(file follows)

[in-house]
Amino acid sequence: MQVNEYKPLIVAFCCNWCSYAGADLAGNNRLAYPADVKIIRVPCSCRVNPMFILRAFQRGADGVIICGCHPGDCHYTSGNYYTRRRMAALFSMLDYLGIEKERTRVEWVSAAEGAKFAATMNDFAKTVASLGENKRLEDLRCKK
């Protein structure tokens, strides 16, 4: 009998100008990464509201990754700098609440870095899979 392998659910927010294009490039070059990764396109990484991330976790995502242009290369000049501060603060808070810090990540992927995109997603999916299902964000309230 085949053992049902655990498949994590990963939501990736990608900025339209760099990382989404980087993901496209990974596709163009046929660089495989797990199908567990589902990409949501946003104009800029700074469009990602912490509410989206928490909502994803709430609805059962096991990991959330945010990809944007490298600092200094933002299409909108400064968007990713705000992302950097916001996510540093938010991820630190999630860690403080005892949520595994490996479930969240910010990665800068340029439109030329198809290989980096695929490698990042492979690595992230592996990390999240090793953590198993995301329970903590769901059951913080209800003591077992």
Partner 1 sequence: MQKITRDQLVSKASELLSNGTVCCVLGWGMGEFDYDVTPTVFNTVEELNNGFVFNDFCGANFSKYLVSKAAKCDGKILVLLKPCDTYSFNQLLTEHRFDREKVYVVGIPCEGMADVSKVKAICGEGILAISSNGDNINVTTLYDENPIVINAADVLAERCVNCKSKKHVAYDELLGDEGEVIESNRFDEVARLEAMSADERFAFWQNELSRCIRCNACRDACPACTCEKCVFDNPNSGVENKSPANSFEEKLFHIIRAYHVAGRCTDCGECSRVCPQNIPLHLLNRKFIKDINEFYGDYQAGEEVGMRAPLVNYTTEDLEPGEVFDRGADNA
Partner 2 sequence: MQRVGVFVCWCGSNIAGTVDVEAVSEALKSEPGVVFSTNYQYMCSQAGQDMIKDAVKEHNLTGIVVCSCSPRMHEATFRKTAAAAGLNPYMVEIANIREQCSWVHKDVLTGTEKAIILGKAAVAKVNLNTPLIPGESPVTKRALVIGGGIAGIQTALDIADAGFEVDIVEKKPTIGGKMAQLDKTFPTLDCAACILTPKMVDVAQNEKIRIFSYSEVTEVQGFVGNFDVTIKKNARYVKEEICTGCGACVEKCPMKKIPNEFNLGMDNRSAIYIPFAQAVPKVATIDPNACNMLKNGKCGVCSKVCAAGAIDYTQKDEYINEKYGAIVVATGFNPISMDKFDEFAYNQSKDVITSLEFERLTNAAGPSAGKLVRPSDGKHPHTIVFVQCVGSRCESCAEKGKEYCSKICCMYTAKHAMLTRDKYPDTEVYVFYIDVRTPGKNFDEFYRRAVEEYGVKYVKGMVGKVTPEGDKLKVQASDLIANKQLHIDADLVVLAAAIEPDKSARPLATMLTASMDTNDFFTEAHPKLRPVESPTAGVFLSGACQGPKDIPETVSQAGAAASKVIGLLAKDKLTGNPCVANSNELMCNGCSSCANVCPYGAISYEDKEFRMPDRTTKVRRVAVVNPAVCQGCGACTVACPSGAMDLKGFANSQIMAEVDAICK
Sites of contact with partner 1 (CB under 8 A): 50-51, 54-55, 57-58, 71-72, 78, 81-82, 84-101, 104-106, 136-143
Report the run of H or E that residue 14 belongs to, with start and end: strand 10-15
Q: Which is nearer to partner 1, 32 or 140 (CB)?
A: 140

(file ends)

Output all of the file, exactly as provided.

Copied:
[in-house]
Amino acid sequence: MQVNEYKPLIVAFCCNWCSYAGADLAGNNRLAYPADVKIIRVPCSCRVNPMFILRAFQRGADGVIICGCHPGDCHYTSGNYYTRRRMAALFSMLDYLGIEKERTRVEWVSAAEGAKFAATMNDFAKTVASLGENKRLEDLRCKK
């Protein structure tokens, strides 16, 4: 009998100008990464509201990754700098609440870095899979 392998659910927010294009490039070059990764396109990484991330976790995502242009290369000049501060603060808070810090990540992927995109997603999916299902964000309230 085949053992049902655990498949994590990963939501990736990608900025339209760099990382989404980087993901496209990974596709163009046929660089495989797990199908567990589902990409949501946003104009800029700074469009990602912490509410989206928490909502994803709430609805059962096991990991959330945010990809944007490298600092200094933002299409909108400064968007990713705000992302950097916001996510540093938010991820630190999630860690403080005892949520595994490996479930969240910010990665800068340029439109030329198809290989980096695929490698990042492979690595992230592996990390999240090793953590198993995301329970903590769901059951913080209800003591077992």
Partner 1 sequence: MQKITRDQLVSKASELLSNGTVCCVLGWGMGEFDYDVTPTVFNTVEELNNGFVFNDFCGANFSKYLVSKAAKCDGKILVLLKPCDTYSFNQLLTEHRFDREKVYVVGIPCEGMADVSKVKAICGEGILAISSNGDNINVTTLYDENPIVINAADVLAERCVNCKSKKHVAYDELLGDEGEVIESNRFDEVARLEAMSADERFAFWQNELSRCIRCNACRDACPACTCEKCVFDNPNSGVENKSPANSFEEKLFHIIRAYHVAGRCTDCGECSRVCPQNIPLHLLNRKFIKDINEFYGDYQAGEEVGMRAPLVNYTTEDLEPGEVFDRGADNA
Partner 2 sequence: MQRVGVFVCWCGSNIAGTVDVEAVSEALKSEPGVVFSTNYQYMCSQAGQDMIKDAVKEHNLTGIVVCSCSPRMHEATFRKTAAAAGLNPYMVEIANIREQCSWVHKDVLTGTEKAIILGKAAVAKVNLNTPLIPGESPVTKRALVIGGGIAGIQTALDIADAGFEVDIVEKKPTIGGKMAQLDKTFPTLDCAACILTPKMVDVAQNEKIRIFSYSEVTEVQGFVGNFDVTIKKNARYVKEEICTGCGACVEKCPMKKIPNEFNLGMDNRSAIYIPFAQAVPKVATIDPNACNMLKNGKCGVCSKVCAAGAIDYTQKDEYINEKYGAIVVATGFNPISMDKFDEFAYNQSKDVITSLEFERLTNAAGPSAGKLVRPSDGKHPHTIVFVQCVGSRCESCAEKGKEYCSKICCMYTAKHAMLTRDKYPDTEVYVFYIDVRTPGKNFDEFYRRAVEEYGVKYVKGMVGKVTPEGDKLKVQASDLIANKQLHIDADLVVLAAAIEPDKSARPLATMLTASMDTNDFFTEAHPKLRPVESPTAGVFLSGACQGPKDIPETVSQAGAAASKVIGLLAKDKLTGNPCVANSNELMCNGCSSCANVCPYGAISYEDKEFRMPDRTTKVRRVAVVNPAVCQGCGACTVACPSGAMDLKGFANSQIMAEVDAICK
Sites of contact with partner 1 (CB under 8 A): 50-51, 54-55, 57-58, 71-72, 78, 81-82, 84-101, 104-106, 136-143
Report the run of H or E that residue 14 belongs to, with start and end: strand 10-15
Q: Which is nearer to partner 1, 32 or 140 (CB)?
A: 140